In the 10 years since this column started, much has changed in the worldwide perception of yakimono, Japanese ceramic art. I’m talking about in the contemporary realm, not antiques. The deep and wide world of contemporary Japanese ceramic art is as varied as there are stars in a brilliant winter night sky.
Regional styles, up-and-coming or veteran potters, myriads of forms, tea wares, folk wares, values, fakes and exhibitions, all these things were hardly addressed in English-language books and media, and as a young student back in 1988 I was at a loss. I had no choice but to hound museums, markets, galleries, ateliers and bookstores and learn by myself, with little English assistance. I shunned TV for years and poured over books and magazines (Honoho Geijustsu and later Tohjiro, to name the two best) night after night.
That is one of the main reasons I first approached The Japan Times as a former collector who wanted to share basic information, such as where to see good exhibitions. There is nowhere in the world better than in Japan to enjoy an impressive variety of high-level ceramic art. In Tokyo alone each week there must be more ceramic art exhibits than in New York in a half a year!
I hope that this column has enriched the lives of some who might not have otherwise known about a certain exhibition, then went, bought a piece, and realized through use the literal and spiritual nourishment good ceramic art imparts, the profound joy such pieces bring to daily life.
In the Japanese ceramic art world right now, there is an exponential rise in overseas interest from private collectors and institutions. Antiques are harder to find as time passes, and a collector is always looking for the next big thing — but unless there is information for these folks, they are not comfortable in making a purchase. When they have time to digest the “wheres” and “whys,” then they feel empowered to take possession of a piece.
That is exactly what is occurring internationally, as is evidenced by: one, more foreign dealers are offering contemporary pieces in major cities such as New York and London; two, more online purchases are being made by overseas collectors; and three, major exhibitions are being held at overseas museums — I should mention that in the recent past, very few museums ever touched contemporary Japanese ceramic art.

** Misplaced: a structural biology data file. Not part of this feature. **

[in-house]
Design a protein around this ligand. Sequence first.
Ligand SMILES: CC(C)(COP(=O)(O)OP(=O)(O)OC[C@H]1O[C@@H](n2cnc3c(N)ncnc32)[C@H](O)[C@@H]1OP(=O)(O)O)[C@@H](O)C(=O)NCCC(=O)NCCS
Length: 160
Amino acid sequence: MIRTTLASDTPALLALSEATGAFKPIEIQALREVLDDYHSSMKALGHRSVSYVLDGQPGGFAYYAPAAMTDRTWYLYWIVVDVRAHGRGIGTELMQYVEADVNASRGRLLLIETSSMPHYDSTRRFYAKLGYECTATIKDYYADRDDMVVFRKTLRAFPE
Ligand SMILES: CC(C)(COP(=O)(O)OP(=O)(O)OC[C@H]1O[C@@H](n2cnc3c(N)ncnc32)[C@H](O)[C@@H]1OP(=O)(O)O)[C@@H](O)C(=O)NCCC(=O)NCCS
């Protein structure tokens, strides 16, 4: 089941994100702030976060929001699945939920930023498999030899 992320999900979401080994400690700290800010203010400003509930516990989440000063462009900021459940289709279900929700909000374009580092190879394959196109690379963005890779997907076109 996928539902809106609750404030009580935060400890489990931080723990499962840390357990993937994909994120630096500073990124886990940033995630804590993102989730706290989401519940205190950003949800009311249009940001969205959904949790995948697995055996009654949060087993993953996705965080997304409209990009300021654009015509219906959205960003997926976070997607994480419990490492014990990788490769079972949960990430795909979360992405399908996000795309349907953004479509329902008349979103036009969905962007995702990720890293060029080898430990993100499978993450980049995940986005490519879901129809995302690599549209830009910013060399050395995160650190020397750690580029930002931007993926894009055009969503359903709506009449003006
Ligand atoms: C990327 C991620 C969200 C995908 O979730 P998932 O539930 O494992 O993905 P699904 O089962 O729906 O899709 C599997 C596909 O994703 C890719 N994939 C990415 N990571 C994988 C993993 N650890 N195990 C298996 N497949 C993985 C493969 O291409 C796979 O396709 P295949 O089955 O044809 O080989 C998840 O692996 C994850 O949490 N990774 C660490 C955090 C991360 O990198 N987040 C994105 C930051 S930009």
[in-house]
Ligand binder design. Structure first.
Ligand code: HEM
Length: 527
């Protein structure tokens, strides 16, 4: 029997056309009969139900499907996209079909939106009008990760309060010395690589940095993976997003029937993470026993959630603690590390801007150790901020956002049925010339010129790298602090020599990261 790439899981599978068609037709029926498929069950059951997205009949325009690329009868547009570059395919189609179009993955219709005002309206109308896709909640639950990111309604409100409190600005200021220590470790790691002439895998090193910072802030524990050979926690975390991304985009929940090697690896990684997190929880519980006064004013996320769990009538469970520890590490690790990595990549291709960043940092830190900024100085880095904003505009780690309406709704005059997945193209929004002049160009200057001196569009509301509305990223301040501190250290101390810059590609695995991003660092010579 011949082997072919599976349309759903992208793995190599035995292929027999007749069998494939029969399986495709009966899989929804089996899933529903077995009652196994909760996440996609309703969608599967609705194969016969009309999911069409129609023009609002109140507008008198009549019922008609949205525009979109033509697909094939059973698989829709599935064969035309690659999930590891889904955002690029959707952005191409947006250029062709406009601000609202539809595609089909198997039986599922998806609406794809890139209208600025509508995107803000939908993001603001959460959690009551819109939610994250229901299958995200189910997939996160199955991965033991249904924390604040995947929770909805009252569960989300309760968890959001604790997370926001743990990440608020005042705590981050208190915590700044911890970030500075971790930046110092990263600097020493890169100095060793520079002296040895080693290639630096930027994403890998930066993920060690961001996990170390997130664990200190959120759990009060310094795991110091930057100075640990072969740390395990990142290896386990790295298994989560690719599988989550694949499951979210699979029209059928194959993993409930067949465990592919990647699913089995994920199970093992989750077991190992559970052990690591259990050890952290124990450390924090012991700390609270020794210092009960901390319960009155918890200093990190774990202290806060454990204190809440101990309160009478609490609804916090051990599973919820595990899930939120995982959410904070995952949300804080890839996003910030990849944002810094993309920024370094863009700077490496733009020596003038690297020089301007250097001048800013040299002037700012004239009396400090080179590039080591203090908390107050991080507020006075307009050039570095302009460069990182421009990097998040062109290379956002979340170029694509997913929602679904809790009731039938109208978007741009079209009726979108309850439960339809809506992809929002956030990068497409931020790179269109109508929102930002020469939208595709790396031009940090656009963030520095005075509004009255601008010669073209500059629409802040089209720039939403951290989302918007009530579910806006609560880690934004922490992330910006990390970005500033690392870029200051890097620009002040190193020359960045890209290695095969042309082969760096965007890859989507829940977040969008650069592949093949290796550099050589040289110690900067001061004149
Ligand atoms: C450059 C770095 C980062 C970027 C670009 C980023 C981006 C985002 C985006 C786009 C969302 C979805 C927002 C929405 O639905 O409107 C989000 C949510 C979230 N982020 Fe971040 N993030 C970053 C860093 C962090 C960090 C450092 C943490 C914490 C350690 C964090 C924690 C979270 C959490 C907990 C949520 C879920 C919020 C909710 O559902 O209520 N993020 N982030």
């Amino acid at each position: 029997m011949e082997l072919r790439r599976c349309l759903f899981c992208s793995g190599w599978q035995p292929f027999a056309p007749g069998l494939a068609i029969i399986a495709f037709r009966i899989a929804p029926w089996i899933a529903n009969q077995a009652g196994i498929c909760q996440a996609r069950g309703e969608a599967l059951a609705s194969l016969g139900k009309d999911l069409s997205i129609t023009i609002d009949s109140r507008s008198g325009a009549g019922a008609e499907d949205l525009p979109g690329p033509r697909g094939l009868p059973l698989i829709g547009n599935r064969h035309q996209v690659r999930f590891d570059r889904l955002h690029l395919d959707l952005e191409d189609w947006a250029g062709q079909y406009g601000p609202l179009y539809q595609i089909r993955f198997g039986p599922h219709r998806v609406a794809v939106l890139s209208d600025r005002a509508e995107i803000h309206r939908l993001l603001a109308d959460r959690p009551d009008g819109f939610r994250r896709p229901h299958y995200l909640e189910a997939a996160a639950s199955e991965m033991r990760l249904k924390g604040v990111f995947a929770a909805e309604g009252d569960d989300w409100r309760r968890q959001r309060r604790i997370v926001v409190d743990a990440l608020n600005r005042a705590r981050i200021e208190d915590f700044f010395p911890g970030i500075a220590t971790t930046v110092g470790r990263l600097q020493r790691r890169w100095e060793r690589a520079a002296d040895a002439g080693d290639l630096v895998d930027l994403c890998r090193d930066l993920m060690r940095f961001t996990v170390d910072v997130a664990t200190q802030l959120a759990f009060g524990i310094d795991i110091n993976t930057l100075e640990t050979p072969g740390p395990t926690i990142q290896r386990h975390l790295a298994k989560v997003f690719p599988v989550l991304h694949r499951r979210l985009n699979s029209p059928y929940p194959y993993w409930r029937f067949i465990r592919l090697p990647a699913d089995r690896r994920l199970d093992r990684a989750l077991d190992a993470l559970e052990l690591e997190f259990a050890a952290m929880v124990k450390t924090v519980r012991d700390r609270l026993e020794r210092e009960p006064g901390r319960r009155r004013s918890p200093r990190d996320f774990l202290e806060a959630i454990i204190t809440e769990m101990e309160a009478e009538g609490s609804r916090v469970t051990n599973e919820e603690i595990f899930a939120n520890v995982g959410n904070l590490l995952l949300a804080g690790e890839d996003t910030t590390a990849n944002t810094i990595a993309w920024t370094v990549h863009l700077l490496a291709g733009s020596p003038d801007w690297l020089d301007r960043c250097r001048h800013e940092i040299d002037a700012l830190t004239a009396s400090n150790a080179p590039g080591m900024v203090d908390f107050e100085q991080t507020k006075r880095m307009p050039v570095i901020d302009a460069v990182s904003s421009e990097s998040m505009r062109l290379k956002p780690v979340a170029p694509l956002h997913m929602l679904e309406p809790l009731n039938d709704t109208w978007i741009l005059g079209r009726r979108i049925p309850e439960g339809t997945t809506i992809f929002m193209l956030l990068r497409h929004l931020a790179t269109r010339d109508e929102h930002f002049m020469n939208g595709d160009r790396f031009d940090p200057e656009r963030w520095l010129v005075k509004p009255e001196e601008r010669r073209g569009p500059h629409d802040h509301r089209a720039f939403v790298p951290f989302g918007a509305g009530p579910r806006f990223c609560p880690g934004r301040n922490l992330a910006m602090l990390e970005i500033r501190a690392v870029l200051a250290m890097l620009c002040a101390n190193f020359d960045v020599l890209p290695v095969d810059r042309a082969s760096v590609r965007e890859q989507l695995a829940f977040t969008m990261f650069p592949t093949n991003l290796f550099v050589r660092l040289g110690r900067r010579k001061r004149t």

For example, right now at the Boston Museum of Fine Arts ( www.mfa.org ), there is an exhibition entitled “Contemporary Clay: Japanese Ceramics for the New Century” that is showing till July 9, 2006. The majority of the work on display is from the private collection of Alice and Halsey North ( www.northgroup.biz/ceramics/ ), pioneer collectors who have had the yakimono itch for about 20 years now.
They have studied, and often visited kilns and selected works of the highest quality; their collection is as good as it gets for modern forms. The North Collection has been featured in a past issue of Kateigaho International ( int.kateigaho.com ). As noted in this column, this year, other overseas exhibitions of contemporary Japanese ceramic art have been held in Germany, Italy and the U.S. — the latter boasting sold-out exhibitions at private galleries. Even the Gitter-Yelen Art Study Center, a New Orleans-based, private Japanese Art Study Center updated its mostly Edo Period Zen painting collection guided by a new found love of modern clay ( www.gitter-yelen.org ).
My own life has changed greatly these past 10 years as I went from being a university lecturer to running two Web sites on Japanese ceramic art. And that is how I shall continue to spread the word on Japanese ceramic art. If you are interested in receiving updates, you can sign my guest book at www.japanesepottery.com and sometime early next year a new yakimono blog will go online, sharing information on exhibitions and giving a who’s who of the ceramics scene.
I sincerely wish to thank The Japan Times for allowing me to share this passion of mine with all of you loyal readers for this past decade. I will continue to send in special reports on outstanding exhibitions from time to time, yet for now I am stepping back from my regular Ceramic Scene. Writing this column has been a true and blessed honor; kokoro kara kansha shiteorimasu.
IN FIVE EASY PIECES WITH TAKE 5